Recently, numerous lowmass and ELM WDs have been detected (see, e.g., Koester et al. 2009; Brown et al. 2010, 2016, 2020, 2022; Kilic et al. 2011; Gianninas et al. 2015; Kosakowski et al. 2020). Interestingly, multiperiodic brightness variations have been measured in some lowmass and ELM WDs (see, e.g., Hermes et al. 2012, 2013a,b; Kilic et al. 2018; Bell et al. 2018; Pelisoli et al. 2018; Lopez et al. 2021), giving rise to a new type of variable star, known as ELMVs. In addition, pulsations have also been detected in stars considered to be probable precursors of lowmass WDs (Maxted et al. 2013, 2014; Gianninas et al. 2016; Wang et al. 2020), known as lowmass preWDs. This opens up the opportunity to study the evolution of the WD progenitors and also defines another type of variable star, the preELMVs. The existence of ELMVs and preELMVs provides researchers a unique opportunity to probe the interiors of these variable stars by employing the tools of asteroseismology (Winget & Kepler 2008; Fontaine & Brassard 2008; Althaus et al. 2010; Córsico et al. 2019). This has successfully been done for many pulsating WDs and preWDs, such as ZZ Ceti stars (which have Hrich atmospheres and are also known as DAV stars; see, e.g., Bradley 2001; Romero et al. 2012; Giammichele et al. 2017), V777 Her stars (with Herich atmospheres, also known as DBV stars; see, e.g., Córsico et al. 2012, 2022; Bognár et al. 2014; Bell et al. 2019), and pulsating PG 1159 stars (hot preWDs with C, O, and Herich atmospheres, also known as GW Vir stars; Córsico et al. 2007a,b, 2008, 2009a, 2021; Calcaferro et al. 2016; Uzundag et al. 2022). In addition, Calcaferro et al. (2017, 2018b) performed detailed asteroseismological analyses of all known (and alleged) pulsating ELMVs on the basis of a complete set of fully evolutionary models that represents lowmass Hecore WD stars (Althaus et al. 2013; Calcaferro et al. 2018a).
The pulsations observed in ELMVs are compatible with gravity (g) modes, and stability computations (Córsico et al. 2012; Van Grootel et al. 2013; Córsico & Althaus 2016) suggest that these modes are probably excited by the κ − γ mechanism (Unno et al. 1989) acting in the Hionization region. In preELMVs, the observed pulsations are compatible with radial and nonradial pressure (p) and (possibly) g modes; in this case, nonadiabatic analyses (Jeffery & Saio 2013; Córsico et al. 2016; Gianninas et al. 2016) indicate that the excitation mechanism may be the κ − γ mechanism acting mainly in the zone of the second partial ionization of He, with a weaker contribution from the region of the first partial ionization of He and the partial ionization of H. In this way, the presence of He in the driving zone is necessary for the modes to be destabilized by the κ − γ mechanism (Córsico et al. 2016). As the presence of He in the driving zone would not be possible when the effects of element diffusion are taken into account (particularly the gravitational settling, which would otherwise quickly deplete the region of He), a mechanism capable of preventing (or diminishing) its effects is needed (Córsico et al. 2016). As Istrate et al. (2016a) show, rotational mixing can, in principle, counteract the gravitational settling effects, maintaining enough He within the driving region of preELM WDs and then allowing He to drive pulsational instabilities with frequencies in agreement with the observed ones. Further, the presence of metals such as calcium in the spectra of some ELM WDs (Gianninas et al. 2014; Hermes et al. 2014) also requires a gravitational settlingcounteracting mechanism, which could also be rotational mixing, as the Istrate et al. (2016a) calculations evidence. Based on this scenario, if ELM WDs descend from preELM WDs, then pulsating ELM WDs are expected to be rotating. This being the case, it should be possible to detect the stellar rotation by the splitting of the pulsation frequencies, something that, until now, had been elusive (Córsico et al. 2019).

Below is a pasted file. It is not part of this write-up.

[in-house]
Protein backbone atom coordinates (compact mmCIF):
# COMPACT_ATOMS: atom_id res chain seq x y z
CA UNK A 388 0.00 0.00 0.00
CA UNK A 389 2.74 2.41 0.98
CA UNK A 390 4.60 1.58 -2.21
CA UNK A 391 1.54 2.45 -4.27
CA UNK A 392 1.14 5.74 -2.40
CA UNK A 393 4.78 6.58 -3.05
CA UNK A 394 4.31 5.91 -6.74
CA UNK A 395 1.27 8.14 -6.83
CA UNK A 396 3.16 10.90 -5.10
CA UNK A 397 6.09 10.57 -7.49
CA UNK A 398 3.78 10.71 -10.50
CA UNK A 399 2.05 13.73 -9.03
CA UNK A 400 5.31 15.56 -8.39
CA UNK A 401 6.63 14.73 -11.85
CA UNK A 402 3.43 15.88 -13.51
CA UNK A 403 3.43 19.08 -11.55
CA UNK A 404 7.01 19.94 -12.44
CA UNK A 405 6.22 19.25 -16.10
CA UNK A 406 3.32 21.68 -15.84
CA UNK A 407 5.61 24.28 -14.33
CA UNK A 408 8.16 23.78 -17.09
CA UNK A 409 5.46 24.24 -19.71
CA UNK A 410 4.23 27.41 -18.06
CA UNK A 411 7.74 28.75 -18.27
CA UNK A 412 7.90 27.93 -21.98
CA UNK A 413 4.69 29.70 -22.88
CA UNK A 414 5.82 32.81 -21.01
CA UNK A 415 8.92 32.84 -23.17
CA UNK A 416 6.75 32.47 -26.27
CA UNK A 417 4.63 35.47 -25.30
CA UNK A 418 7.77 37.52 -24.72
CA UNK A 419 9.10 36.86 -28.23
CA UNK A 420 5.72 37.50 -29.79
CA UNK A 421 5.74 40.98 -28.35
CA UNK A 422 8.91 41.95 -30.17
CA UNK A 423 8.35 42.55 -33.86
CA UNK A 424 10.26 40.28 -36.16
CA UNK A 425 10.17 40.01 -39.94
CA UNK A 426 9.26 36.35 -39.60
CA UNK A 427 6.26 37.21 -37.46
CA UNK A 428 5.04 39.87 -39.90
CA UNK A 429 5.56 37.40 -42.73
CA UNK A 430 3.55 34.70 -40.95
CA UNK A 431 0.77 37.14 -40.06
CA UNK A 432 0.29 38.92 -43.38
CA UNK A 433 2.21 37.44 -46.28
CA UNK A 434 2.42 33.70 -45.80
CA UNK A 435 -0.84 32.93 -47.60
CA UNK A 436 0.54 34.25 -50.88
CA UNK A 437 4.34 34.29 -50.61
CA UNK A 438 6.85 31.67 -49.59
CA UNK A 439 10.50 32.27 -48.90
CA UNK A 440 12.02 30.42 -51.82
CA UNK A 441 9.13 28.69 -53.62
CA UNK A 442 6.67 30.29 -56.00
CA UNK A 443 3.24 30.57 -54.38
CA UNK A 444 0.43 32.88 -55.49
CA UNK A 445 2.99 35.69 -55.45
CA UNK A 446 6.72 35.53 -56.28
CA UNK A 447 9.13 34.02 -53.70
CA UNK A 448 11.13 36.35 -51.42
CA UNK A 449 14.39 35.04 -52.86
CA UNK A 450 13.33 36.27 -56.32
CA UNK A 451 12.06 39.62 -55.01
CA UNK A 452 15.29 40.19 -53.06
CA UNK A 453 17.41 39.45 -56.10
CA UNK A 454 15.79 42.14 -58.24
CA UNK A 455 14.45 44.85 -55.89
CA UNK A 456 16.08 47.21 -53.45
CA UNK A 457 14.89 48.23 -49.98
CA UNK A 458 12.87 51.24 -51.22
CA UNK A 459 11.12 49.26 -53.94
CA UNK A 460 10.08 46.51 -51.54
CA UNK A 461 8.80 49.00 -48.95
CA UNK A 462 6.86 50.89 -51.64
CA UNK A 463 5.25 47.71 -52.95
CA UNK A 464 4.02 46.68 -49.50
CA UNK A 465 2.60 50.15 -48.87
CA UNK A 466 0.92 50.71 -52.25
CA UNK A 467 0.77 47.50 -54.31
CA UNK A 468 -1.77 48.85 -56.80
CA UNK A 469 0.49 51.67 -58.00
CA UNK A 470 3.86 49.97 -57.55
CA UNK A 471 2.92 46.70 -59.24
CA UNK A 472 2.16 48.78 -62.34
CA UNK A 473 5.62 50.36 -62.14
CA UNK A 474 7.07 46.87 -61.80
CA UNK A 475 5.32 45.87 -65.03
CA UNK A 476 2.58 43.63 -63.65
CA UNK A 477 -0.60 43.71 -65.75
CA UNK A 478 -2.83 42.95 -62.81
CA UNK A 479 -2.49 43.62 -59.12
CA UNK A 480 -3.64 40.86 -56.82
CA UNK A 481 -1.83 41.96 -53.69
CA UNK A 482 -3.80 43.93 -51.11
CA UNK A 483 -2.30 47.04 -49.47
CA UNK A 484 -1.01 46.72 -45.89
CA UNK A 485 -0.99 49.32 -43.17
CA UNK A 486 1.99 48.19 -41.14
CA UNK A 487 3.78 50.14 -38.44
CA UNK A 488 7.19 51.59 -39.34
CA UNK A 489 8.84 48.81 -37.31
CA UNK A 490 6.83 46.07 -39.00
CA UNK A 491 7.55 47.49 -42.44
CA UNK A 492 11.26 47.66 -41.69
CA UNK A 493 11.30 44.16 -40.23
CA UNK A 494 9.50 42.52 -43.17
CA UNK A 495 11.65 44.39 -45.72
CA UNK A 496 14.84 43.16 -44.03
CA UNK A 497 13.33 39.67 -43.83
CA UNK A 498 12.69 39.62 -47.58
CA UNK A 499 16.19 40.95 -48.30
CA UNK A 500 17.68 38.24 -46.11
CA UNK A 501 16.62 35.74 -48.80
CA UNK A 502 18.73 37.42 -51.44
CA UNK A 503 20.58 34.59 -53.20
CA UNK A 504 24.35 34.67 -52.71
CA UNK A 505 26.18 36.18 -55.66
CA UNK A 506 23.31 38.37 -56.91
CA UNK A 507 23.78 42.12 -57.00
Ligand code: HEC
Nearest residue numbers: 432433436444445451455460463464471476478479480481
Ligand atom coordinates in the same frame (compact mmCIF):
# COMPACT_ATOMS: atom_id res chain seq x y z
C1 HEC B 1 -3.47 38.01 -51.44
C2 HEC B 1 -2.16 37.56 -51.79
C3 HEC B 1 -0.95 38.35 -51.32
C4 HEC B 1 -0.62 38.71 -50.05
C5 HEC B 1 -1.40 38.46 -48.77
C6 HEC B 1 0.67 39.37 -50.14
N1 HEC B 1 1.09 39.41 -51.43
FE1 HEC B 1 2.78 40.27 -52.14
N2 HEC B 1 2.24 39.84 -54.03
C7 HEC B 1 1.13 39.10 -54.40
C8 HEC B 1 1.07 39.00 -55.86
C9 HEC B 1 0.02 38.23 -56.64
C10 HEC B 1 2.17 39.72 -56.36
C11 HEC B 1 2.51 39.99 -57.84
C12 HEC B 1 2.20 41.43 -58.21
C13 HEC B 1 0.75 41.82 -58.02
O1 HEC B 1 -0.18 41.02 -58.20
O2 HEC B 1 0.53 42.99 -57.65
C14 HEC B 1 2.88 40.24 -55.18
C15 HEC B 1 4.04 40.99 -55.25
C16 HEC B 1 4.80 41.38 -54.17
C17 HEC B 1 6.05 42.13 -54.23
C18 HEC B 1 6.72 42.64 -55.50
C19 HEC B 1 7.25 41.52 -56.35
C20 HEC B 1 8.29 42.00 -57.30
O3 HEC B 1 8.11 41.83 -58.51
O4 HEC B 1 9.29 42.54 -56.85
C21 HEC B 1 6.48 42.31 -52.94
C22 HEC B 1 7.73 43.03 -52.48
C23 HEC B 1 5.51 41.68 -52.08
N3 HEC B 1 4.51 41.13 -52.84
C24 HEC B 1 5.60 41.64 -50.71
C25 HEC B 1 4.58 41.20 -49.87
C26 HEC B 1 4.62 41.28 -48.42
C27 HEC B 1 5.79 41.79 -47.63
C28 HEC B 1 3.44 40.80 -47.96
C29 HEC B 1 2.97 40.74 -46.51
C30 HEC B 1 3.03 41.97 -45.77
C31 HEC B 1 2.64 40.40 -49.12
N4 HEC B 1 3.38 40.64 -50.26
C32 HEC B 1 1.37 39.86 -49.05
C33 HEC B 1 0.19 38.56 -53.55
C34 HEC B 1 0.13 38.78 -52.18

Rotation is a fundamental property of stars that affects their structure and evolution. Recently, the study of the internal rotation in pulsating stars from the main sequence to late stages in stellar evolution has been significantly boosted by asteroseismology (see, e.g., Deheuvels et al. 2012; Cantiello et al. 2014; Kurtz et al. 2014; Aerts 2021). In nonrotating spherical stars, nonradial g modes, which are characterized by a harmonic degree ℓ and a radial order k, are (2ℓ+1)fold degenerated with respect to the azimuthal order m. When rotation is present, that mode degeneracy is removed, and hence, each pulsation frequency is split into multiplets of 2 ℓ+1 frequencies. The separations of the components of the multiplets are known as rotational splittings and are related to the angular velocity, allowing the estimation of the rotation period. The presence of multiplets also helps in the identification of the harmonic degree of the pulsation modes of the pulsating star.